Recovery from Mastectomy and Reconstruction

Recovery from Mastectomy and Reconstruction

Part III

DCIS diagnosis. Mastectomy and Reconstruction.  To tell or not to tell.  When do we share important information. And how do we know with whom to share? I know of someone in my social circle who openly revealed on Facebook her week by week experiences of chemotherapy. BTW, she is doing great. I asked my hubby, “Why would you do that?” A perfectly natural question coming from someone who does not readily solicit support from others. He answered, “To get support!”recovery from mastectomy and reconstruction

I’m thinking of my uncle, childhood piano teacher, high school classmates, and acquaintances from our kids sports teams as my people on FB. Would I want them all to know of my diagnosis? I’m not that type, I decided. My diagnosis of DCIS is to me like having a concerning mole on your upper arm. The dermatologist says, “I don’t like the look of that. I’m going to recommend removing it and sending the tissue to the lab for analysis. Let’s get you in sooner rather than later.”

My oncology surgeon said to me, “Let’s take care of this over the summer.” Shortly after the biopsy confirmed the diagnosis of DCIS in early June, I explored treatment options. I decided on a single mastectomy. My surgeon said, “Just a bump in the road this summer.” The surgeon’s assistant coordinated with the plastic surgeon for immediate reconstruction. She handed me a card: July 1st.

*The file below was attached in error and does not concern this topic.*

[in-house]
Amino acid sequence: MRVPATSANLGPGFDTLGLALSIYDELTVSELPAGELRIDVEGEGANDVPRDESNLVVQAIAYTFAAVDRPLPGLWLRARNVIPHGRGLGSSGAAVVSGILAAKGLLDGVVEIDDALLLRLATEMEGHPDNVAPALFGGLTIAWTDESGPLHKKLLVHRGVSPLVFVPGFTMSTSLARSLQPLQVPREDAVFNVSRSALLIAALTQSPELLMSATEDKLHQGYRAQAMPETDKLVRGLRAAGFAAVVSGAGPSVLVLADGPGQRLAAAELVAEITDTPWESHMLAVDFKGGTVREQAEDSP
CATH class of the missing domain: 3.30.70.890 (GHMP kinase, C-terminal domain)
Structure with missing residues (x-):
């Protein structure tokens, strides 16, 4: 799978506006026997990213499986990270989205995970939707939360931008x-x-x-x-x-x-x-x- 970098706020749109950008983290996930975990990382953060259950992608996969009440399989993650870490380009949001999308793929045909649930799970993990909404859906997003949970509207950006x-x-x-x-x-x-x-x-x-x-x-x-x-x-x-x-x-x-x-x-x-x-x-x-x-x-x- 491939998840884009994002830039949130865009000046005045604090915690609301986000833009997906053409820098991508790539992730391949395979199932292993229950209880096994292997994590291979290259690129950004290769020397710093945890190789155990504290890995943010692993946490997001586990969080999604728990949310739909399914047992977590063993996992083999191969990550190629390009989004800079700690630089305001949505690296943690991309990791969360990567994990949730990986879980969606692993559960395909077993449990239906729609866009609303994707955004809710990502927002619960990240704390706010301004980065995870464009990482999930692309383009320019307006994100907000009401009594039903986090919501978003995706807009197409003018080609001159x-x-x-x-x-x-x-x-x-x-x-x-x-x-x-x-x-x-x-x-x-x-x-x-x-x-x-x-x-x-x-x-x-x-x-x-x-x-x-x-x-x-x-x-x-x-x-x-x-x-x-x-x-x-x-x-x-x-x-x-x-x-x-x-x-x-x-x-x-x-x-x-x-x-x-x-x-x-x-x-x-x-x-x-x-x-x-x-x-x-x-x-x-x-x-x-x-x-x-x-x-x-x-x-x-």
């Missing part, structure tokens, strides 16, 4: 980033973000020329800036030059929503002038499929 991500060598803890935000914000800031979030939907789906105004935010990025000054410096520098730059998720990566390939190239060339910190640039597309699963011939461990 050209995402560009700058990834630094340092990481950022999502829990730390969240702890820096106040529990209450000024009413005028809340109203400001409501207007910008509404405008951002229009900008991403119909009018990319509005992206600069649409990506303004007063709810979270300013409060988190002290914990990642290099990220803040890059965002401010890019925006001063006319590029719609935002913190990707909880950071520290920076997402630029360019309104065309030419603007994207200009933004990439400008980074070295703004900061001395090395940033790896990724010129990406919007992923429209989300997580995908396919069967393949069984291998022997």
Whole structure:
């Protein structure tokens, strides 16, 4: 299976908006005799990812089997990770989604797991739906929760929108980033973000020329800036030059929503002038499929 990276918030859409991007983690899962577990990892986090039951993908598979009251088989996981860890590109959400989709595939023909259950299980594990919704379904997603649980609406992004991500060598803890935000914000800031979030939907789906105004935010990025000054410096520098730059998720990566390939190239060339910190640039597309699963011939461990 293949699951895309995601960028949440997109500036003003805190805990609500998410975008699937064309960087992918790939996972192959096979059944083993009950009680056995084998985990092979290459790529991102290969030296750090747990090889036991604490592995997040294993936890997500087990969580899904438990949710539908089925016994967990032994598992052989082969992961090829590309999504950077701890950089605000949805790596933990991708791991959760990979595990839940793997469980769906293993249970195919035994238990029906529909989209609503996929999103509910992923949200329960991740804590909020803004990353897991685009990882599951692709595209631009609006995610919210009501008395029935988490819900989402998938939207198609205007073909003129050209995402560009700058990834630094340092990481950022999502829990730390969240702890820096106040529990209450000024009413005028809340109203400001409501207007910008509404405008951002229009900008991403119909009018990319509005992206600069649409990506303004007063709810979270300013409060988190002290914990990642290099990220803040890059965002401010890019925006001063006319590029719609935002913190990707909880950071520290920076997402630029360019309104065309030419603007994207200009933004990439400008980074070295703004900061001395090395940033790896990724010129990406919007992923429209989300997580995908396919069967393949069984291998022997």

Now to the root of the issue. It’s interesting how little information is easily accessible on the web regarding post-mastectomy recovery. I wanted answers to my questions; I surfed the web, searching. Weeks later I came across this amazing personal story/website:

www.dcismystory.com 

Welcome

As part of my recovery, I feel the need to share my experience:

I checked into the hospital at 8:30A for an 11:30 scheduled surgery time. I went through a few procedures before surgery. I woke up in the afternoon in the recovery area. I was transferred to a private room by late afternoon. I had a soda, then juice, then soup and crackers over the course of 10 hours. I was starving the next morning, I could not wait to order a full blown breakfast meal.

In the hospital the RN staff took my vitals and assisted me in using the bathroom. In the hospital I phoned in my meal orders. In the hospital I pushed buttons to move my bed and to change the channels of the tv. The nurse discussed the drains and caring for them. A physical therapist showed me arm exercises to do ASAP to condition and encourage range of movement. My surgeon visited me and prescribed medications. The plastic surgeon warned me to avoid the raised arms touchdown motion. Yea, no problem the Steelers are not on tv at this time. I felt comfortable having everything and everyone within reach.  I asked if I could stay for lunch. Yes, you can order the hospital lunch and then it’s time to leave. I was a little nervous about returning home. The medical staff was so helpful with assisting, demonstrating, and then asking: Is that clear? The recovery process I was about to experience in my home stretched out ahead – a murky fog.

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